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Open Access To Treat or Not to Treat: The Effects of Pain on Experimental Parameters

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A common dilemma faced by all animal bioethics committees arises when exceptions are proposed to the use of analgesics in painful procedures. The committee and researcher must weigh the possible confounding effects of including additional drugs (analgesics) in their treatment regimen against the moral obligation to perform humane research. Often neglected in these considerations are the potential confounding effects of unrelieved pain and consistency with pain-relieving practices in human medicine. In this review, we summarize what is currently known regarding the molecular and physiologic effects of pain and analgesics in common animal models used across several therapeutic areas. This work is intended to help provide guidance and assurance that a comprehensive approach has been taken when contemplating how pain relief will be applied in animal research protocols.

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Document Type: Research Article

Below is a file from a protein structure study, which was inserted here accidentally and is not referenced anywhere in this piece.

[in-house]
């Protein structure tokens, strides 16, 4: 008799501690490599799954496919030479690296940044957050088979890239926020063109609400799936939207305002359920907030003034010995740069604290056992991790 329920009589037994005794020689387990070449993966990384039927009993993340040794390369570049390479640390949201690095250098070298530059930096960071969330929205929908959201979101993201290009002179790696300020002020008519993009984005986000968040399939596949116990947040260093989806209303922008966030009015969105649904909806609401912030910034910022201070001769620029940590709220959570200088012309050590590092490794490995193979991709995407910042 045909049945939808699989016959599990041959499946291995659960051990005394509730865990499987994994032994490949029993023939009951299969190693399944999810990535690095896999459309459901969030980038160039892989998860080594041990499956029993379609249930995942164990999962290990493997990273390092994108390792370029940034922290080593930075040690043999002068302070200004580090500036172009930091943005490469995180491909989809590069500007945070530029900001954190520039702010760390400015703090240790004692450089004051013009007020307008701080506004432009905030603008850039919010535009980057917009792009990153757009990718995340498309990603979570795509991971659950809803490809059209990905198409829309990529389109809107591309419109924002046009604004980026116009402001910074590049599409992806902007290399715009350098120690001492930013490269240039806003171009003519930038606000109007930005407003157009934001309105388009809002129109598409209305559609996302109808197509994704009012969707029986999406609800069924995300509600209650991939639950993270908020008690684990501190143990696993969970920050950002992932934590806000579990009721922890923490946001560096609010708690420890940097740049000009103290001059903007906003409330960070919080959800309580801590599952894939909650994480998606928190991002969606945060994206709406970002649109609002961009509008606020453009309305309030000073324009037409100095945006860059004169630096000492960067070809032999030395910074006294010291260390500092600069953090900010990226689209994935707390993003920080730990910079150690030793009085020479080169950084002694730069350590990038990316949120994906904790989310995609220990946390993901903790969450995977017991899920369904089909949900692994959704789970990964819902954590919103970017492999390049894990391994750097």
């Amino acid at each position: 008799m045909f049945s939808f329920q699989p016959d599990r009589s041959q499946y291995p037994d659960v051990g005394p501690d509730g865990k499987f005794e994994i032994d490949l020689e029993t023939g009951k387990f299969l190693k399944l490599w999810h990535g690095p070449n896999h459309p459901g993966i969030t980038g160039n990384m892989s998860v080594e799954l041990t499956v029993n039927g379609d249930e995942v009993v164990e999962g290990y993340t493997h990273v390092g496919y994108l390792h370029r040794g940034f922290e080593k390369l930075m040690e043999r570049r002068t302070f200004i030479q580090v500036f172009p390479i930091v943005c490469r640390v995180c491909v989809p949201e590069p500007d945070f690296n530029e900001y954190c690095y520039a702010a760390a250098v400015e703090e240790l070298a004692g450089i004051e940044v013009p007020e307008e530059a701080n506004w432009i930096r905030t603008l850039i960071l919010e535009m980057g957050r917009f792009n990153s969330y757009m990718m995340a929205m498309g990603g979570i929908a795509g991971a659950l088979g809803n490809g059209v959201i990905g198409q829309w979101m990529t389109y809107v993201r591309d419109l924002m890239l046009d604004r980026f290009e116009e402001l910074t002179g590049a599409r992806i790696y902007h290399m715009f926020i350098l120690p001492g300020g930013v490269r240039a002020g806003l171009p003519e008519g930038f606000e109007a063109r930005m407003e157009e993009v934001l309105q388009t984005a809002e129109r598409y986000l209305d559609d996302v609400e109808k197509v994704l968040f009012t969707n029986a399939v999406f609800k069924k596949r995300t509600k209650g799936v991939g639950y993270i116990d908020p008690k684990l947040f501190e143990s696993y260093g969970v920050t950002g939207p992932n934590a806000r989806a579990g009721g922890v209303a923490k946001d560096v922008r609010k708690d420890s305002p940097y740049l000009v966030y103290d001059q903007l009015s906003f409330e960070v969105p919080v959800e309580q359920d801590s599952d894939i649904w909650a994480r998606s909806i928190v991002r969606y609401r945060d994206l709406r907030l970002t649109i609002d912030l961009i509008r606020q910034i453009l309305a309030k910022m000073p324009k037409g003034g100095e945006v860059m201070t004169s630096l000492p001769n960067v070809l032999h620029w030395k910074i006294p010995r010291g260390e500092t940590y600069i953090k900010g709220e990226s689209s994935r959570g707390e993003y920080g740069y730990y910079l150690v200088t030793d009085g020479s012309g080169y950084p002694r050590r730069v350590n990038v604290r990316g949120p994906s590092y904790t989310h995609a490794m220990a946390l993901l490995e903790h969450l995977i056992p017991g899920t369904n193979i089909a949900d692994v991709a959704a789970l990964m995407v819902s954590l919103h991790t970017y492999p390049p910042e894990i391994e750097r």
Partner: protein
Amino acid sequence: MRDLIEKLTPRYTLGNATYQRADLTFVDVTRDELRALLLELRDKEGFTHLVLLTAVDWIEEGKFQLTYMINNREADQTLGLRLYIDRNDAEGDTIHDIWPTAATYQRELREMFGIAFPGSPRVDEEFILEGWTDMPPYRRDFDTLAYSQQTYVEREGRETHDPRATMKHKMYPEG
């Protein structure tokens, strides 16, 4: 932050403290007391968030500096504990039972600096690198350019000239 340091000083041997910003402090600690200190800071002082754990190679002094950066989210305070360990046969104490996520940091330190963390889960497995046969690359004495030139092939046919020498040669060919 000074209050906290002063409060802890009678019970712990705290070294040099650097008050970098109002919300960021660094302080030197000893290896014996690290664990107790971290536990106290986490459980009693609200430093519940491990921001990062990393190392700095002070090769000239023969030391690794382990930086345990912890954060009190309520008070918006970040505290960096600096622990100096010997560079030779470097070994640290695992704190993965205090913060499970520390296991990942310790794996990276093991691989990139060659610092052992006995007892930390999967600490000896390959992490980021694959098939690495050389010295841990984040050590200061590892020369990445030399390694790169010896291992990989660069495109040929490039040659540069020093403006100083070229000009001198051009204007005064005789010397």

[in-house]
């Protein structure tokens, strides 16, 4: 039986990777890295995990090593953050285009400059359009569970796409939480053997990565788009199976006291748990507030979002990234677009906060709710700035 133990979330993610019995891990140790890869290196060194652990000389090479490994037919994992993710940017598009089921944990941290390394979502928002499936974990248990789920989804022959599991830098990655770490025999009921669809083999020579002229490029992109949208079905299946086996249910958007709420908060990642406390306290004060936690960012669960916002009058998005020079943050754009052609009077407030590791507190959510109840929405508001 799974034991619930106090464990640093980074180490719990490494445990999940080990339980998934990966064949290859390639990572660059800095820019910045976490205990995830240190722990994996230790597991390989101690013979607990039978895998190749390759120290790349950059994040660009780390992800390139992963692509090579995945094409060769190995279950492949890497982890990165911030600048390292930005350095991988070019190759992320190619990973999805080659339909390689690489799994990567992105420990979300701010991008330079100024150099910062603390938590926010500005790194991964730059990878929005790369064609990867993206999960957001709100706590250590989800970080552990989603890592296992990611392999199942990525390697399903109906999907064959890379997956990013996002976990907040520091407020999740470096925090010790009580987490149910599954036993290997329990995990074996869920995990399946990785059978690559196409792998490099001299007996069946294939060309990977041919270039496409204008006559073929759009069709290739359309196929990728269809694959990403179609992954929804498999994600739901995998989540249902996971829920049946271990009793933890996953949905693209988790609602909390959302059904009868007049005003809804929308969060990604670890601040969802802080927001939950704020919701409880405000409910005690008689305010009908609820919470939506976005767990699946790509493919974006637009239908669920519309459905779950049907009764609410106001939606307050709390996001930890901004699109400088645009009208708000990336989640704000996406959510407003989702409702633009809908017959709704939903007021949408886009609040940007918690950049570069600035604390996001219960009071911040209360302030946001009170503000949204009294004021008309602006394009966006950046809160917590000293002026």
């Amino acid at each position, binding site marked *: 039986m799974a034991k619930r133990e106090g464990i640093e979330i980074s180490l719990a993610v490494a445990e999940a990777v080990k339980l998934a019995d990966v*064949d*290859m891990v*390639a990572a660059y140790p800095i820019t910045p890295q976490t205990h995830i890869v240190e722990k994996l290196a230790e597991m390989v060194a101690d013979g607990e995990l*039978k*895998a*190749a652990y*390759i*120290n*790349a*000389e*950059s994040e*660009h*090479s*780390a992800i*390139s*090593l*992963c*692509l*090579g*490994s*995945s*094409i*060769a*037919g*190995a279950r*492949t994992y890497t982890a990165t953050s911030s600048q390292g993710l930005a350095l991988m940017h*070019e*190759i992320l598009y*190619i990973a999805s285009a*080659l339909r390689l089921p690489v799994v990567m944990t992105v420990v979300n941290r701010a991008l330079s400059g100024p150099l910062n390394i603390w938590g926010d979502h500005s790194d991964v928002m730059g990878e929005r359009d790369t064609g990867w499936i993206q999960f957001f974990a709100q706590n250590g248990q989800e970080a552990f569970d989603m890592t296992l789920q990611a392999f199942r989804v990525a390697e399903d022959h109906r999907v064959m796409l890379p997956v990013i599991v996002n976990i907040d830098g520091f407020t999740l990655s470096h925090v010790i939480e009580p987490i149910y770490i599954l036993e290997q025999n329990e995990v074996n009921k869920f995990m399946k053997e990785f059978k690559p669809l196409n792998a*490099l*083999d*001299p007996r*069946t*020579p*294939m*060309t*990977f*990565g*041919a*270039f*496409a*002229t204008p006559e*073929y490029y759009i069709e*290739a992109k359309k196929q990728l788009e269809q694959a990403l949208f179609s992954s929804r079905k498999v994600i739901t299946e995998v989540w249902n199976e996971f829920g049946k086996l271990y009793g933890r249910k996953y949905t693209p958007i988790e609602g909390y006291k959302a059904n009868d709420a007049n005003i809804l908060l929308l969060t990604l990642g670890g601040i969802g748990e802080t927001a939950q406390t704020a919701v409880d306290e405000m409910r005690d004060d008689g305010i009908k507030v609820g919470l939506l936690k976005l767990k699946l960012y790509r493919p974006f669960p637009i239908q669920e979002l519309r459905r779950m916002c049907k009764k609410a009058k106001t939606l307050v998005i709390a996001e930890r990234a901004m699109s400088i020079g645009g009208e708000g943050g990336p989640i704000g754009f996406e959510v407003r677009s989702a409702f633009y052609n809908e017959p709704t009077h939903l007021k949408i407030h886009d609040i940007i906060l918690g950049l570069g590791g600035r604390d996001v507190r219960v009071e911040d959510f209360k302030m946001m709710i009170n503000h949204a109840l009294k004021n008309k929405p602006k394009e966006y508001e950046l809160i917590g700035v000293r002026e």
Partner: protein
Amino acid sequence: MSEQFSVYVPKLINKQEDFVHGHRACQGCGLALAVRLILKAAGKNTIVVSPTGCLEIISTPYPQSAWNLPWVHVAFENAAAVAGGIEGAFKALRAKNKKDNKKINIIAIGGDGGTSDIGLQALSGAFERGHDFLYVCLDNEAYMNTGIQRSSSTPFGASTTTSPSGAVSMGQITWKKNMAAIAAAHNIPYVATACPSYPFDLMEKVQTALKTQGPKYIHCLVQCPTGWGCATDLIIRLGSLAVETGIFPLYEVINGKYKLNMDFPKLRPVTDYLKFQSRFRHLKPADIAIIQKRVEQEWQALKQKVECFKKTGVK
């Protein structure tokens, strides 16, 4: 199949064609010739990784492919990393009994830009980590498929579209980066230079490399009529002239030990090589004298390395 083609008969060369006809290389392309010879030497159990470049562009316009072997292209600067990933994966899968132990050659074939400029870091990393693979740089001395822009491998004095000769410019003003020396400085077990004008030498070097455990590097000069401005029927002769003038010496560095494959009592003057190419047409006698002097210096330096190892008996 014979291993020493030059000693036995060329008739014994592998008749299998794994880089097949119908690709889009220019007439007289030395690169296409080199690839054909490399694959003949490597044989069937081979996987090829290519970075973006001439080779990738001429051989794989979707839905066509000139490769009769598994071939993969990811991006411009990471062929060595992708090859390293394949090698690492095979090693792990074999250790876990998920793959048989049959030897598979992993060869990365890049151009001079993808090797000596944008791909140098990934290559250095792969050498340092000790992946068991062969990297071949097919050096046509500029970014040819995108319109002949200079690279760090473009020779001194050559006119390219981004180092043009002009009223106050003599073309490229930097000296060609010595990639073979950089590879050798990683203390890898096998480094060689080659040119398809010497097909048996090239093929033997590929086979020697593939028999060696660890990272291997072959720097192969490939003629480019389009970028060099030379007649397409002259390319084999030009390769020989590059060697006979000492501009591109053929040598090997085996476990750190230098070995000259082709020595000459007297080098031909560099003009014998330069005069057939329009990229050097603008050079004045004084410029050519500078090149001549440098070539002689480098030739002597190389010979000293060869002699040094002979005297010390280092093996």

Affiliations: 1: Veterinary Sciences, MedImmune, Gaithersburg, Maryland;, Email: [email protected] 2: Animal Care Services, University of Florida, Gainesville, Florida 3: Department of Pathobiology, University of Guelph, Guelph, Ontario, Canada

Publication date: December 1, 2017

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  • Comparative Medicine (CM), an international journal of comparative and experimental medicine, is the leading English-language publication in the field and is ranked by the Science Citation Index in the upper third of all scientific journals. The mission of CM is to disseminate high-quality, peer-reviewed information that expands biomedical knowledge and promotes human and animal health through the study of laboratory animal disease, animal models of disease, and basic biologic mechanisms related to disease in people and animals.

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